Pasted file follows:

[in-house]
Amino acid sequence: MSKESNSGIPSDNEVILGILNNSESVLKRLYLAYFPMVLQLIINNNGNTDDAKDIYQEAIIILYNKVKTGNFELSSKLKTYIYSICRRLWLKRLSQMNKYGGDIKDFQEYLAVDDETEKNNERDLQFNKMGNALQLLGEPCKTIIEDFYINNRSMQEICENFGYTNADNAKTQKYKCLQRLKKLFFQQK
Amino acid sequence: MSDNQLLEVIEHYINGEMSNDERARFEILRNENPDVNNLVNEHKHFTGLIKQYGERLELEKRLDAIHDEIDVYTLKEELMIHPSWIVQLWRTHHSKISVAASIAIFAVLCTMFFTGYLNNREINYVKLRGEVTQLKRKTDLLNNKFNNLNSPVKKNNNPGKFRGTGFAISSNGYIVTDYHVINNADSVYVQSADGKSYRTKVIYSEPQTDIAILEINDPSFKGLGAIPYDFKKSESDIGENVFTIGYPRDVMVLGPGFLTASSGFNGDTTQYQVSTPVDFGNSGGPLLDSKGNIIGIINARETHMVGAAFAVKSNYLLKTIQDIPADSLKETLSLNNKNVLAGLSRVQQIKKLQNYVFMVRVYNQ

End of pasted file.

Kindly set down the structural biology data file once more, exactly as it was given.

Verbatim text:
[in-house]
Amino acid sequence: MSKESNSGIPSDNEVILGILNNSESVLKRLYLAYFPMVLQLIINNNGNTDDAKDIYQEAIIILYNKVKTGNFELSSKLKTYIYSICRRLWLKRLSQMNKYGGDIKDFQEYLAVDDETEKNNERDLQFNKMGNALQLLGEPCKTIIEDFYINNRSMQEICENFGYTNADNAKTQKYKCLQRLKKLFFQQK
Amino acid sequence: MSDNQLLEVIEHYINGEMSNDERARFEILRNENPDVNNLVNEHKHFTGLIKQYGERLELEKRLDAIHDEIDVYTLKEELMIHPSWIVQLWRTHHSKISVAASIAIFAVLCTMFFTGYLNNREINYVKLRGEVTQLKRKTDLLNNKFNNLNSPVKKNNNPGKFRGTGFAISSNGYIVTDYHVINNADSVYVQSADGKSYRTKVIYSEPQTDIAILEINDPSFKGLGAIPYDFKKSESDIGENVFTIGYPRDVMVLGPGFLTASSGFNGDTTQYQVSTPVDFGNSGGPLLDSKGNIIGIINARETHMVGAAFAVKSNYLLKTIQDIPADSLKETLSLNNKNVLAGLSRVQQIKKLQNYVFMVRVYNQ